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Wednesday

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Re: Wednesday

  • OliveOilsMomOliveOilsMom South Jersey member
    Eighth Anniversary 5000 Comments 500 Love Its 5 Answers
    Ei - You can see the shock and weariness on all of their faces.  Being FDNY, they had probably seen a lot in their careers, but this was just something so unfathomable.
    MissKittyDangerei34
  • ei34 said:
    Sorry for your loss @sparklepants41

    I'm sure I'm not the only one judging from these stories but life feels very "before 9/11" and "after 9/11". I was a senior in hs and my father (FDNY) left for his shift that Tuesday morning.  He and his company were heading into the South Tower when one of his men (he was the Captain) was hit by a jumper and sadly died on impact.  As they were loading him into an ambulance the tower collapsed.  My dad obviously has strong survivor guilt and attends the firefighter's memorial mass every year.  It feels so weird being at work and my kids being at school, carrying about our days.  Today should really be a national day of remembrance.  Sending love to you all and to anyone you know feeling it today.

    One of my dad's old coworkers actually forwarded him this pic earlier- my dad is far right.  It was taken around 8pm that day.  The kids and I are heading to my parents' house shortly for our annual lets-just-all-be-together-and-have-pizza dinner.  That'll be nice. 



    I agree we need to do more to remember this day as a nation.   
    charlotte989875sparklepants41ei34
  • climbingwifeclimbingwife NYC 'burbs member
    10000 Comments Sixth Anniversary 500 Love Its 5 Answers
    @ei34 that picture just gave me chills. 

    My grandma's neighbor was also hit by a jumper, but survived. I can't remember if he was FDNY or a paramedic. But he's got lifelong physical effects from that day. It's amazing he lived. 

    ei34
  • Oh wow Eileen. Hugs to your dad and family. Enjoy the togetherness.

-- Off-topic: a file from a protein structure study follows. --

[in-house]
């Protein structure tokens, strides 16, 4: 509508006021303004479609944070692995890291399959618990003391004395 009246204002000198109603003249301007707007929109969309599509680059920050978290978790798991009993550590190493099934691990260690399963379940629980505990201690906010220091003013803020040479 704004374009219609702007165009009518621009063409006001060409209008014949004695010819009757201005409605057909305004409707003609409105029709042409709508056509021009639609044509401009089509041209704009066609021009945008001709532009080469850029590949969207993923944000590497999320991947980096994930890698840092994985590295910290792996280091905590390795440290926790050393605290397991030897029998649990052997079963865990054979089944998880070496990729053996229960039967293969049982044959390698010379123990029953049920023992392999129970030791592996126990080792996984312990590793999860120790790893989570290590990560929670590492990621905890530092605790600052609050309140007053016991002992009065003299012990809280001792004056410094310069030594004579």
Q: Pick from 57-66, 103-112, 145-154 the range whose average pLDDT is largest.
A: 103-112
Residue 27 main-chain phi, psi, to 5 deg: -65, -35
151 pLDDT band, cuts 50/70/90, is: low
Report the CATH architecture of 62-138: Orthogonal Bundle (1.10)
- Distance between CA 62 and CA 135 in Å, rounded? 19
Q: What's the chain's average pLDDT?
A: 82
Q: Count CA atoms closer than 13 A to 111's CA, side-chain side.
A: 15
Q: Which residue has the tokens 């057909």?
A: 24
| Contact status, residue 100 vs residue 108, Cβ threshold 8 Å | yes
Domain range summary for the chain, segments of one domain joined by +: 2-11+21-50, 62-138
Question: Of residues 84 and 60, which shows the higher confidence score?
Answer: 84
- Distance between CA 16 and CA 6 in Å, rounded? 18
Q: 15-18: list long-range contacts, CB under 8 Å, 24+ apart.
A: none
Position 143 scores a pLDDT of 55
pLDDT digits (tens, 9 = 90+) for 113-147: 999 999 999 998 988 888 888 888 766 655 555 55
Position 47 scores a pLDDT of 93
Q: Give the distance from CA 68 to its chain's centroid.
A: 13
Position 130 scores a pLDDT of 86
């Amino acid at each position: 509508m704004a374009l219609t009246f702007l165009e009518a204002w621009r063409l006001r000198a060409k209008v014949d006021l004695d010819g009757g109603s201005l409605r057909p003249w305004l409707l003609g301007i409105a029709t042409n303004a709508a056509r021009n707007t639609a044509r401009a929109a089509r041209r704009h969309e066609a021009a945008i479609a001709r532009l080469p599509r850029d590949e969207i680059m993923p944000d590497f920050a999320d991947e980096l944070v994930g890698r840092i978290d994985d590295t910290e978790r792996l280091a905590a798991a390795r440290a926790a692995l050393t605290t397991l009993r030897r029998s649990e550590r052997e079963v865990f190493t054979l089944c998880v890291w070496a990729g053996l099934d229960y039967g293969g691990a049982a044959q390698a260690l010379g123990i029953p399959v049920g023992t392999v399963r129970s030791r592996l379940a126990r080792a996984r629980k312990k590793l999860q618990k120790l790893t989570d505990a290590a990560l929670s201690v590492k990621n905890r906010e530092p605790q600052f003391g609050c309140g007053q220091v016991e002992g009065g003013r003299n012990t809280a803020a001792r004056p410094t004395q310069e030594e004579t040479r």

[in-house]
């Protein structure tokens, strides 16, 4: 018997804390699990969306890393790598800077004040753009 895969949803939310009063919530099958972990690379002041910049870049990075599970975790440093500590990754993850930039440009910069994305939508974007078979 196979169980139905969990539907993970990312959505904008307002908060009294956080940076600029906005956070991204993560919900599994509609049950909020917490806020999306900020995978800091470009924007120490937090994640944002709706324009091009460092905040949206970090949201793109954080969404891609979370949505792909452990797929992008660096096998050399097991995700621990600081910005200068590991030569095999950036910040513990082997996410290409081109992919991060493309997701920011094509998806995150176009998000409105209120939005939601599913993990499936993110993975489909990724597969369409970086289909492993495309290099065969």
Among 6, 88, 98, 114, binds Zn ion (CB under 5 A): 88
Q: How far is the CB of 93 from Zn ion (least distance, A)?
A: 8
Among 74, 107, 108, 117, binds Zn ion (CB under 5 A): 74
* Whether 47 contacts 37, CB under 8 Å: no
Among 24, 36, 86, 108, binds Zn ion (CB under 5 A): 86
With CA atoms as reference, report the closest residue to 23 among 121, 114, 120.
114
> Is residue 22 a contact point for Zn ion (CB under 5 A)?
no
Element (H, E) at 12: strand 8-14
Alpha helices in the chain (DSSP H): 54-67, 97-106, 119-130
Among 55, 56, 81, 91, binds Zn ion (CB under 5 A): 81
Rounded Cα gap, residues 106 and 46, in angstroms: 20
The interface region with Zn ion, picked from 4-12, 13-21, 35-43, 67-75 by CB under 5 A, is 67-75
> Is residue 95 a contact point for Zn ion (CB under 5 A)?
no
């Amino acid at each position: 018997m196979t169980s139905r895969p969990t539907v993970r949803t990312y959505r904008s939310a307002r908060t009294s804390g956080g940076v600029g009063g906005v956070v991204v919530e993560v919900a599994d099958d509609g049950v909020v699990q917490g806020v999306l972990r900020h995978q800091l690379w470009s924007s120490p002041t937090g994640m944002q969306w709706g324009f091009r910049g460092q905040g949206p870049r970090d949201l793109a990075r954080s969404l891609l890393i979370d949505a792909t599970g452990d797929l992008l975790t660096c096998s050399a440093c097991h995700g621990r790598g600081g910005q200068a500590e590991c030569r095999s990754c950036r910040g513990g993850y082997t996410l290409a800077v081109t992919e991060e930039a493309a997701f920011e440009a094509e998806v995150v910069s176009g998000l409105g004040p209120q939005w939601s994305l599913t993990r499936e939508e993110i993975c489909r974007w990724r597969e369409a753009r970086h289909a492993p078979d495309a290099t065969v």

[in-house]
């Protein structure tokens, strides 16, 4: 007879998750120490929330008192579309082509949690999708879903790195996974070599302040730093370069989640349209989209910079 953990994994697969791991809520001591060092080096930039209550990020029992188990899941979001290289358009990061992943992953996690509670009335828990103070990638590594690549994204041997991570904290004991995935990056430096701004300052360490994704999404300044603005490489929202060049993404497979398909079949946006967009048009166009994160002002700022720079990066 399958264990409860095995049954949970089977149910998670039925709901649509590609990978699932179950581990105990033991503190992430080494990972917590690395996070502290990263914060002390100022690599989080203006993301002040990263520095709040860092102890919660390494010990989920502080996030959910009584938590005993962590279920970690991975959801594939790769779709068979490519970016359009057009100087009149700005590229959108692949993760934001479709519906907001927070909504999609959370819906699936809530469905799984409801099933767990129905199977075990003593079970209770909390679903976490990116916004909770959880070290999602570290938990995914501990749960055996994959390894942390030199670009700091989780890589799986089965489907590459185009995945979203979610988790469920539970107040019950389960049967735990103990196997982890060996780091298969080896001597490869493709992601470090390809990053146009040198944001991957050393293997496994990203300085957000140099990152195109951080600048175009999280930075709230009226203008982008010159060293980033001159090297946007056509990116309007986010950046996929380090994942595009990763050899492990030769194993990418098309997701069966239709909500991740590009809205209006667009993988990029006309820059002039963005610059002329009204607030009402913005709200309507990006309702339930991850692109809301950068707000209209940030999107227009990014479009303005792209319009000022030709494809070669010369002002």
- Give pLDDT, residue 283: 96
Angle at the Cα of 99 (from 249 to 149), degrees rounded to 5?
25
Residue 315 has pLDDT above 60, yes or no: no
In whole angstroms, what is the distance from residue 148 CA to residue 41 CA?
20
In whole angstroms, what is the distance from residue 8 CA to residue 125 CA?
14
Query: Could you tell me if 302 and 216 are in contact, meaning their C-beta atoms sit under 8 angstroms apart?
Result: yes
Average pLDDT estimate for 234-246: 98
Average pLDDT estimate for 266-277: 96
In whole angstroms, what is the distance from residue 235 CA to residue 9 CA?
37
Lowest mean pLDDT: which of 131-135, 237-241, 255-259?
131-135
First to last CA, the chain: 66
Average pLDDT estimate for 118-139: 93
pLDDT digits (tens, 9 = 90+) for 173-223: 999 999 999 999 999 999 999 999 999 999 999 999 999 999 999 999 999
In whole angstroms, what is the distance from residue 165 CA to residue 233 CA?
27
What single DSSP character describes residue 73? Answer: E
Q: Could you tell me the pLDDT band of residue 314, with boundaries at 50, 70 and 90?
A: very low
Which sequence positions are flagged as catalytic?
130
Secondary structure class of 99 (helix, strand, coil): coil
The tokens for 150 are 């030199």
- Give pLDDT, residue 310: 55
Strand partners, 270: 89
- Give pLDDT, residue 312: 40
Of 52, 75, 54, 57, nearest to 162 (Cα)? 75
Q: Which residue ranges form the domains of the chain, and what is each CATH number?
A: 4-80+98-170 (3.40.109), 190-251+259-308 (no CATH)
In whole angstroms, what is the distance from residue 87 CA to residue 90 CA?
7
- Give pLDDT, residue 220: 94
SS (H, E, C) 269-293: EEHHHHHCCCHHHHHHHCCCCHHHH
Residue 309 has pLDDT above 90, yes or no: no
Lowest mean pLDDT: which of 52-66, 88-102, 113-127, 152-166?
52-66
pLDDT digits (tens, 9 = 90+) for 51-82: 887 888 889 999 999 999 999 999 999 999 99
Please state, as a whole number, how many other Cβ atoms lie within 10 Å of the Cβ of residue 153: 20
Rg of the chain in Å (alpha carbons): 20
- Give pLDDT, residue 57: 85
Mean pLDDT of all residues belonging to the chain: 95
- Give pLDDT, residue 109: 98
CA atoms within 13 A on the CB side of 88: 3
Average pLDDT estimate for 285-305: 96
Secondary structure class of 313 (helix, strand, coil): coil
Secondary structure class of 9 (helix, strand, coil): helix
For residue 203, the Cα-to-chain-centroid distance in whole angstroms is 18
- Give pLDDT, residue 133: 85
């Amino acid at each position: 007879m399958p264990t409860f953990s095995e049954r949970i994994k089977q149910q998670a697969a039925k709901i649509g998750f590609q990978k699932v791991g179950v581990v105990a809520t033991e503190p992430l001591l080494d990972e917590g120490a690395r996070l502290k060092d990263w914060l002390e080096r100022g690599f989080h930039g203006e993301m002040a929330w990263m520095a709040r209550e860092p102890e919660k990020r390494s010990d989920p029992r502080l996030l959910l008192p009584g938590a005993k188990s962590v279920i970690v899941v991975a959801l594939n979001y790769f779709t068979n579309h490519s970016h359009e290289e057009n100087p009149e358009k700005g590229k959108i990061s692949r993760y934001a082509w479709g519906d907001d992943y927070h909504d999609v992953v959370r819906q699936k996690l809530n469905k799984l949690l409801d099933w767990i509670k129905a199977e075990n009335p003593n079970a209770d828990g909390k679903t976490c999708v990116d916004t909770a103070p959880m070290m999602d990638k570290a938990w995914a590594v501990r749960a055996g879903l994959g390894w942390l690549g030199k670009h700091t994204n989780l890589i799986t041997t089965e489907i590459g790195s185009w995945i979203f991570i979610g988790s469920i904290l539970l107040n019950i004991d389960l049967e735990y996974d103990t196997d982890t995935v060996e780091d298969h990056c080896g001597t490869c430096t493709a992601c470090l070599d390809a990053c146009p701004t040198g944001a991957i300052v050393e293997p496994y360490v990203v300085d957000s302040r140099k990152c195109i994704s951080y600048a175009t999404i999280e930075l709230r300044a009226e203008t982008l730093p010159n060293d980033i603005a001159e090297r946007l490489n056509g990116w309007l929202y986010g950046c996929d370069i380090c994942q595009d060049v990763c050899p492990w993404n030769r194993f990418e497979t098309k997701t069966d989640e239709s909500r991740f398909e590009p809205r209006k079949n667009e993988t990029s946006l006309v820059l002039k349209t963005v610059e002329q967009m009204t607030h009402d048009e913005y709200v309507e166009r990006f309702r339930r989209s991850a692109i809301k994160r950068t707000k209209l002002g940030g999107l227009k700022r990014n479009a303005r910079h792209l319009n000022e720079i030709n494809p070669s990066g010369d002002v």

Tbh I remember hearing about people jumping or falling but had no idea people got hit. It makes sense that it would have happened but I never thought about impact. 
    charlotte989875ei34
  • @ei34 thank you for sharing that with us; I can’t imagine the feelings your dad mustn’t have around today. I agree we should do more to observe today as a national remembrance. I totally agree that the world feels pre-9/11 and after-9/11. 

    My Dad is a retired Air Force air refueling specialist  and he was on a mission in Washington that day. I was a junior in hs and my sister was away at college so it wasn’t just me and my mom at home. We didn’t talk to my dad until that afternoon and his unit were flying back to New York so that they could refuel the planes that were patrolling the no fly zone over the city. He said when they got there it was so quiet (no other planes in the sky) and the view from the air was unreal; I like anything he had ever seen up to that point (and he had been on missions in Bosnia). The world really did change that day in ways I don’t think we’ll ever truly understand. 
    kvrunsOliveOilsMomei34
  • CharmedPamCharmedPam Chicagoburbs member
    2500 Comments 500 Love Its Fourth Anniversary First Answer
    @ei34 thanks so much for sharing your story.  I always tell people I have a horrible memory.  And I do.  But do I remember that day well 😢 

    MissKittyDangerei34
  • @ei34 ; They look a lot more 'into' {lack of better words} the photo than I would expect. Also like @OliveOilsMom ; you definitely get a vibe of unfathomable shock.
    His line of work probably gives him more than his share of survivors guilt.

    Glad you guys do something every year.

    @CharmedPam ; After my dad, I learned that when traumatic things happen your mind will either remember everything, down to the last little detail {like I do} or the memory is so garbled you forget things or the timeline isn't correct {like my mum}
    I can't tell you how many times in 5yrs I've had to clarify things for my mum because she's either forgotten or it's in the wrong point of the evening.

    It's your brain/body's coping mechanism.
    ei34
  • I find it interesting that people always post about "where they were, when" and I know M's aunt posts the same every year. The name of one of the jumpers that was caught on photo and it became essentially a viral photo.

    It's weird to think that it's essentially our generation's moment like when JFK got shot or - in a better thought - when Martin Luther King said his "i have a dream" speech.
  • banana468 said:
    @sparklepants41 ; sorry for you loss

    @climbingwife ; what a hero <3

    @banana468 ; it's true. It really didn't matter what channel ....


    Interesting fact, there's a touring theater play which you should all see if you have a chance called "Come From Away"
    It recounts about how Gander, Newfoundland took in a bunch of diverted planes into their small terminal.